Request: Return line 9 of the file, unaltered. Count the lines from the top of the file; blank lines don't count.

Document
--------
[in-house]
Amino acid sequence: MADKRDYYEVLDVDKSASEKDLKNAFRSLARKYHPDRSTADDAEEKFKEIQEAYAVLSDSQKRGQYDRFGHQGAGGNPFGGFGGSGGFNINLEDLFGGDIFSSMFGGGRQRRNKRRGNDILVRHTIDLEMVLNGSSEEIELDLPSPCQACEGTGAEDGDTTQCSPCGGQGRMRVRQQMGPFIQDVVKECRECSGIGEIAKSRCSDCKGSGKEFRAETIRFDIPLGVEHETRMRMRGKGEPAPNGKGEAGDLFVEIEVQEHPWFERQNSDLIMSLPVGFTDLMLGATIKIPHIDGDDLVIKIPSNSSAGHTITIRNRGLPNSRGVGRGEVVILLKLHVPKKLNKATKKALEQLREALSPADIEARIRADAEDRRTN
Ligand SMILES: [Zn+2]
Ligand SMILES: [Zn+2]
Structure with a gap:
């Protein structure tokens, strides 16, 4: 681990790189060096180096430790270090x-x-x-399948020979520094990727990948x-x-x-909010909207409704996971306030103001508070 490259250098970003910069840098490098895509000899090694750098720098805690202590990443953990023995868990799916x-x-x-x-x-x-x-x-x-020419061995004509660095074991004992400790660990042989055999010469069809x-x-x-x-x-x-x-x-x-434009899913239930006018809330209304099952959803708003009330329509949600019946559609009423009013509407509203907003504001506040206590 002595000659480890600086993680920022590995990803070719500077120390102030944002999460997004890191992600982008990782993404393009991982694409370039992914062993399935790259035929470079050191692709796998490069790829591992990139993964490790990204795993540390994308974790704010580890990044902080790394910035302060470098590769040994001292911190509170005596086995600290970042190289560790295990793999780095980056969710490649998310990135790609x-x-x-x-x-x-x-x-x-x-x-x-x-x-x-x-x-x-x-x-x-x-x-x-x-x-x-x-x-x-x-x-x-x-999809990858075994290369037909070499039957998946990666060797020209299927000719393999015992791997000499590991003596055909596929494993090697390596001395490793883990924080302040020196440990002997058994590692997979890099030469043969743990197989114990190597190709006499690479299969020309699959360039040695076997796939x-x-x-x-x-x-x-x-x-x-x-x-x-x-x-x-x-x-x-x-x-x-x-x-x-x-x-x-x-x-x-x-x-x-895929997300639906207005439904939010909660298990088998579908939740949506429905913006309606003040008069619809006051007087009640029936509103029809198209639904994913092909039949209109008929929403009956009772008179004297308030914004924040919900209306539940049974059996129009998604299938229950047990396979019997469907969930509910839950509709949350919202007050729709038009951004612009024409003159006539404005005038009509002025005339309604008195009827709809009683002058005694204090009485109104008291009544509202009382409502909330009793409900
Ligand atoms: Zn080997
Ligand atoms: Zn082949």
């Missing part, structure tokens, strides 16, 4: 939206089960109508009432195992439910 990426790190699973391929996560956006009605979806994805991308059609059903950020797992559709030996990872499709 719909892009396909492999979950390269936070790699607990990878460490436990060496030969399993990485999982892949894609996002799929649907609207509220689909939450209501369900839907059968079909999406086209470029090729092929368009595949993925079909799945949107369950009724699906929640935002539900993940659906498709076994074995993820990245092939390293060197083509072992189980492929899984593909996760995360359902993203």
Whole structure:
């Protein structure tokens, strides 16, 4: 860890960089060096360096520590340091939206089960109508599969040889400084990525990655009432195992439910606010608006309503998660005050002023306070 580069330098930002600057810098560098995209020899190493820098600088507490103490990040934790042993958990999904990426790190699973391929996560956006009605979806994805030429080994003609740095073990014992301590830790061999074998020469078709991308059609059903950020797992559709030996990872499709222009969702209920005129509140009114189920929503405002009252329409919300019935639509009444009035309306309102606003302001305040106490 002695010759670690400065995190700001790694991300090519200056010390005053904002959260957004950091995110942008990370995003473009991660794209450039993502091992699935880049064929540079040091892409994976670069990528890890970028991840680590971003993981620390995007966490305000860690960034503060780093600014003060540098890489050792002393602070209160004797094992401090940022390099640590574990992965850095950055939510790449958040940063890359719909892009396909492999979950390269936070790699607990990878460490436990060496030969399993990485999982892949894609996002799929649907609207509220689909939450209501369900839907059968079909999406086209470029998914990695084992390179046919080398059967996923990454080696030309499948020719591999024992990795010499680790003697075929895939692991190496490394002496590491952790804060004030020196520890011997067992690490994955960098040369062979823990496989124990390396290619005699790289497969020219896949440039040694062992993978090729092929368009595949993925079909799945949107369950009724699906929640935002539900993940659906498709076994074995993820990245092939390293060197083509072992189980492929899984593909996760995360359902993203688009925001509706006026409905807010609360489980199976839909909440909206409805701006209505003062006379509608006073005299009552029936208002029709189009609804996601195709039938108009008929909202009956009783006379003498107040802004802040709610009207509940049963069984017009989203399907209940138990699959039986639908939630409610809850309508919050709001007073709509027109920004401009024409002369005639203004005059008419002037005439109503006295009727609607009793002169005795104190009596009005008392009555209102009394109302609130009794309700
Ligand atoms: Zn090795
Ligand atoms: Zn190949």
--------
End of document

């Missing part, structure tokens, strides 16, 4: 939206089960109508009432195992439910 990426790190699973391929996560956006009605979806994805991308059609059903950020797992559709030996990872499709 719909892009396909492999979950390269936070790699607990990878460490436990060496030969399993990485999982892949894609996002799929649907609207509220689909939450209501369900839907059968079909999406086209470029090729092929368009595949993925079909799945949107369950009724699906929640935002539900993940659906498709076994074995993820990245092939390293060197083509072992189980492929899984593909996760995360359902993203």